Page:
Plants have desires … and the agency to meet them. So are they smart?

NPR was one of several outlets covering the release of writer Zoë Schlanger’s new book The Light Eaters: How the Unseen World of Plant Intelligence Offers a New Understanding of Life on Earth, which might reopen some old botanical debates about whether plants can be said to be intelligent. Ongoing research is demonstrating that plants really do demonstrate an awareness of their environment … and the ability to solve problems relating to it:

Schlanger acknowledges that our understanding of plants is still developing — as are the definitions of “intelligence” and “consciousness.” “Science is there [for] observation and to experiment, but it can’t answer questions about this ineffable, squishy concept of intelligence and consciousness,” she says.

But, she adds, “part of me feels like it almost doesn’t matter, because what we see plants doing — what we now understand they can do — simply brings them into this realm of alert, active processing beings, which is a huge step from how many of us were raised to view them, which is more like ornaments in our world or this decorative backdrop for our our lives.”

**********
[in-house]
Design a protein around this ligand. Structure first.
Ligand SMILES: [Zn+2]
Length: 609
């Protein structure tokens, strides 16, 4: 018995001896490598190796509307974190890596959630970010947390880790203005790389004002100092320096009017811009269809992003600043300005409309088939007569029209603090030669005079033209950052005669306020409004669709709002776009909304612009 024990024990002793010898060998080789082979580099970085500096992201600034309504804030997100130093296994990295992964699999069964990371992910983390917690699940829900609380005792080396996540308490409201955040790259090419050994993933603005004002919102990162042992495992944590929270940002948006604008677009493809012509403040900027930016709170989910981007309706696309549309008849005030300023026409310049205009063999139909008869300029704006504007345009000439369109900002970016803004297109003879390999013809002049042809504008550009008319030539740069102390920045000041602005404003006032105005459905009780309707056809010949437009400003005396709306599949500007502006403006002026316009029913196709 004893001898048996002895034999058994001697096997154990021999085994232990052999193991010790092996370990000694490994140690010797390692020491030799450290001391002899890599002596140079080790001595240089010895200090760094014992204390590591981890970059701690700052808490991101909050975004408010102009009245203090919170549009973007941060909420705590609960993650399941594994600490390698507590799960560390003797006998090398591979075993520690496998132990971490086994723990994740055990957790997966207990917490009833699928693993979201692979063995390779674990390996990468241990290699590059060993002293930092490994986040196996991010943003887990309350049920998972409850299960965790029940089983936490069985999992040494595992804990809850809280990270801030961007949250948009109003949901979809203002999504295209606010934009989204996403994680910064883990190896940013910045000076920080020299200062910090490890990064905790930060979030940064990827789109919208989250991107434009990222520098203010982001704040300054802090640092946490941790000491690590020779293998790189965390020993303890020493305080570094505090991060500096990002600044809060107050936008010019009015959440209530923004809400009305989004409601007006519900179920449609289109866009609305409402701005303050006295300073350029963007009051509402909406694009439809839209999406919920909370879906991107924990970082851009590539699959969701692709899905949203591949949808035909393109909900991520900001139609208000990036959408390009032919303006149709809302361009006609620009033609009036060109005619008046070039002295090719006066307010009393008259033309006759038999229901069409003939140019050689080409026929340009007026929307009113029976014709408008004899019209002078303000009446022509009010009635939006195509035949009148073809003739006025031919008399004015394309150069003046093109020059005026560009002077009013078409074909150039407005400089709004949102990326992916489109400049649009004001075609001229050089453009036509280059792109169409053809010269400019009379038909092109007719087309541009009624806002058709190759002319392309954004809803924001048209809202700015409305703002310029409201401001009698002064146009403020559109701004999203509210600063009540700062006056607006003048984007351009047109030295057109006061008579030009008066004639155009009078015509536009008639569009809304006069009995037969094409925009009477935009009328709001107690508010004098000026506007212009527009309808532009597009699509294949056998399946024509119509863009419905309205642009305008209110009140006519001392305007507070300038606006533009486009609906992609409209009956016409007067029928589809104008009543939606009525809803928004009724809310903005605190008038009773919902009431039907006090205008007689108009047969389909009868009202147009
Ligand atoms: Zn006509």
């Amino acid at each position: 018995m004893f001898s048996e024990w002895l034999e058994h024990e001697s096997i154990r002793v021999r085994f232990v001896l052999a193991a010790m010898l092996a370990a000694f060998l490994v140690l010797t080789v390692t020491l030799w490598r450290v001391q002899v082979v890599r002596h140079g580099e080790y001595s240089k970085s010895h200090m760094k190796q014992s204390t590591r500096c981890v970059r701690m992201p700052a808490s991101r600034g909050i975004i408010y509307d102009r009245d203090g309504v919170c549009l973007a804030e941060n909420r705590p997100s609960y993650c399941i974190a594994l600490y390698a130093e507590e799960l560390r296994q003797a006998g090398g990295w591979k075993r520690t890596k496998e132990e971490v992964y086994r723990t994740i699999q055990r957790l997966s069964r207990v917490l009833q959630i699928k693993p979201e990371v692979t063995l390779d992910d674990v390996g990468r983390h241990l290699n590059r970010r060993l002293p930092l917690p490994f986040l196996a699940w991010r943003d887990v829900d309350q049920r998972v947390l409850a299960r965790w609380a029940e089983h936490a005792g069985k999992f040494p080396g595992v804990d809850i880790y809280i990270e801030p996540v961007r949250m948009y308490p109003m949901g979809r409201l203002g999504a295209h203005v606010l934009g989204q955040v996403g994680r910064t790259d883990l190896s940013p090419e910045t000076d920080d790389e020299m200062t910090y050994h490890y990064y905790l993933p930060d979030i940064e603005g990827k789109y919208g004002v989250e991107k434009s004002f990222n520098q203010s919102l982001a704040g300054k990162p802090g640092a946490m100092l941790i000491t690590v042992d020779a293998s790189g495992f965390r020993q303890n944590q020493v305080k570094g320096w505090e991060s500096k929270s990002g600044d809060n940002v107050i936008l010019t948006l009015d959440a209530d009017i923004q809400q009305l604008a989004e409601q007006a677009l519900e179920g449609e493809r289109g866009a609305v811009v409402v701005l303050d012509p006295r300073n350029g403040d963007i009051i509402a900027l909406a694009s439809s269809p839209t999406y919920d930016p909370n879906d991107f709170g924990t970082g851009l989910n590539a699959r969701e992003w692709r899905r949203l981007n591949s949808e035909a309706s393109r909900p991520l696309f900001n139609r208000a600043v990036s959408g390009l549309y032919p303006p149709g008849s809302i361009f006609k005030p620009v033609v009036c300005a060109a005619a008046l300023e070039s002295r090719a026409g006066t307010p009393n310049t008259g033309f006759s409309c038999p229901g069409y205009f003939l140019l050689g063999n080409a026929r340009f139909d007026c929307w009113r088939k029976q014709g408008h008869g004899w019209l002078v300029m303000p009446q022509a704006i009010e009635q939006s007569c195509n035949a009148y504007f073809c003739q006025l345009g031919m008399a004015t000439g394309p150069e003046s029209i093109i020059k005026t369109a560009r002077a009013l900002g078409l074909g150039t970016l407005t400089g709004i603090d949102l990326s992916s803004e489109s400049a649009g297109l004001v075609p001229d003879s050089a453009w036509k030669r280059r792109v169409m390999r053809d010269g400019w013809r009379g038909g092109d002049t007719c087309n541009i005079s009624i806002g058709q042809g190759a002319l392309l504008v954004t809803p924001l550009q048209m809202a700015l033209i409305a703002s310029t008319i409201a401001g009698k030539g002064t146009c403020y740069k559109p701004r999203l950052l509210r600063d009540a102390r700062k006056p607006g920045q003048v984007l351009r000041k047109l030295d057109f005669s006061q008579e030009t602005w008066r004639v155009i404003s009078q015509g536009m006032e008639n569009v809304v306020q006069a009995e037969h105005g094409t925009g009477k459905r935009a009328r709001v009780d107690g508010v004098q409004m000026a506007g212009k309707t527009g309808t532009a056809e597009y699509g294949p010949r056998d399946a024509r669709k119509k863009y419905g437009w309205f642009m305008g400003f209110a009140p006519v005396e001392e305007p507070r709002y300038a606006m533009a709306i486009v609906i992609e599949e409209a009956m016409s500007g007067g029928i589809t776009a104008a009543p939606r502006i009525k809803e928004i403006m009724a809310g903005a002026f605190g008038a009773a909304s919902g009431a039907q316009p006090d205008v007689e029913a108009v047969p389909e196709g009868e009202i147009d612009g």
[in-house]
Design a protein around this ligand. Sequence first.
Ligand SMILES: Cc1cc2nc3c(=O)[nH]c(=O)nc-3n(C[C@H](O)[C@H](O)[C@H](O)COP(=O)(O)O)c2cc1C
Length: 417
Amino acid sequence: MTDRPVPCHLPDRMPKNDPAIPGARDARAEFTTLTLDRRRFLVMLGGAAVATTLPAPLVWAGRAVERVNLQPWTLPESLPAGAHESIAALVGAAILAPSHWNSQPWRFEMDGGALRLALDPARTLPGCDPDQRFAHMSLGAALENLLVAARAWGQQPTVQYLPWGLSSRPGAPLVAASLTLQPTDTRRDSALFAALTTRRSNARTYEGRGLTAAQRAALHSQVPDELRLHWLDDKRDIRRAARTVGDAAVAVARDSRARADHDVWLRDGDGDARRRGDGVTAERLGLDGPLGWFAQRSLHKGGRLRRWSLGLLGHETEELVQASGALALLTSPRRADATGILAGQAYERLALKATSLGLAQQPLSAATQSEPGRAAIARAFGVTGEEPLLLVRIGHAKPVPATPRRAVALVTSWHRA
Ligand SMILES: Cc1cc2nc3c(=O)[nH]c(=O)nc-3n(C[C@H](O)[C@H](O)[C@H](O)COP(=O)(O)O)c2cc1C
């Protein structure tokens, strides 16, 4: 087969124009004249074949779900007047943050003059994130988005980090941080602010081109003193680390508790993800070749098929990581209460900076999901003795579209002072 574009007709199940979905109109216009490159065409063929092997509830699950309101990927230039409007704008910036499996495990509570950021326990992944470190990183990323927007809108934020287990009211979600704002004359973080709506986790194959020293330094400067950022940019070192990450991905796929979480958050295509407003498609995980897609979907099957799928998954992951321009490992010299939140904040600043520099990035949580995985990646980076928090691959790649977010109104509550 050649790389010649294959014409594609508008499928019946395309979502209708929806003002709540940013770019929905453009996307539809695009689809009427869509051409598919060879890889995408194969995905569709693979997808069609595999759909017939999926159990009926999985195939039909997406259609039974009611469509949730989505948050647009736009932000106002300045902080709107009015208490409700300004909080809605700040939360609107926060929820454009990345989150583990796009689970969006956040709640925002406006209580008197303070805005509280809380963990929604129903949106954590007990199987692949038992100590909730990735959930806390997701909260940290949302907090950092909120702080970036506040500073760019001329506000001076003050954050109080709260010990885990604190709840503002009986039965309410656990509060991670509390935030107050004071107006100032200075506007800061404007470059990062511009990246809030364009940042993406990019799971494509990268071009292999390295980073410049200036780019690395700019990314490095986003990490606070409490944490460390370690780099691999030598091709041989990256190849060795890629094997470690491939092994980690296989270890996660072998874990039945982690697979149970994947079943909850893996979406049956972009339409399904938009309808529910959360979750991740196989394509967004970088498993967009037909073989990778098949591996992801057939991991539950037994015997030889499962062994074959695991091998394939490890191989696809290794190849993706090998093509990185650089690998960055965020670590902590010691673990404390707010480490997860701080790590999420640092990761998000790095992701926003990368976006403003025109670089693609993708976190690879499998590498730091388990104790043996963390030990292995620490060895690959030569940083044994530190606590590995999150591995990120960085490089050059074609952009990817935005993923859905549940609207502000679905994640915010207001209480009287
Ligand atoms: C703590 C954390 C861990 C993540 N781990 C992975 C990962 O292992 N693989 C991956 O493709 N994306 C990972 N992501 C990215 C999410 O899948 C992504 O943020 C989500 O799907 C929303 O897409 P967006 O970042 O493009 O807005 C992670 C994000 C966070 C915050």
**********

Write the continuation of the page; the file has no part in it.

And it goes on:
I was able to go to a lab in Wisconsin where there [were] plants that had … been engineered to glow, but only to glow when they’ve been touched. So I used tweezers to pinch a plant on its vein, … the kind of mid-rib of a leaf. And I got to watch this glowing green signal emanate from the point where I pinch the plant out to the whole rest of the plant. Within two minutes, the whole plant had received a signal of my touch, of my “assault,” so to speak, with these tweezers. And research like that is leading people within the plant sciences, but also people who work on neurobiology in people to question whether or not it’s time to expand the notion of a nervous system.

There’s one concept that I think is very beautiful, called the “memory of winter.” And that’s this thing where many plants, most of our fruit trees, for example, have to have the “memory,” so to speak, of a certain number of days of cold in the winter in order to bloom in the spring. It’s not enough that the warm weather comes. They have to get this profound cold period as well, which means to some extent they’re counting. They’re counting the elapsed days of cold and then the elapsed days of warmth to make sure they’re also not necessarily emerging in a freak warm spell in February. This does sometimes happen, of course. We hear stories about farmers losing their crops to freak warm spells. But there is evidence to suggest there’s parts of plants physiology that helps them record this information. But much like in people, we don’t quite know the substrate of that memory. We can’t quite locate where or how it’s possibly being recorded.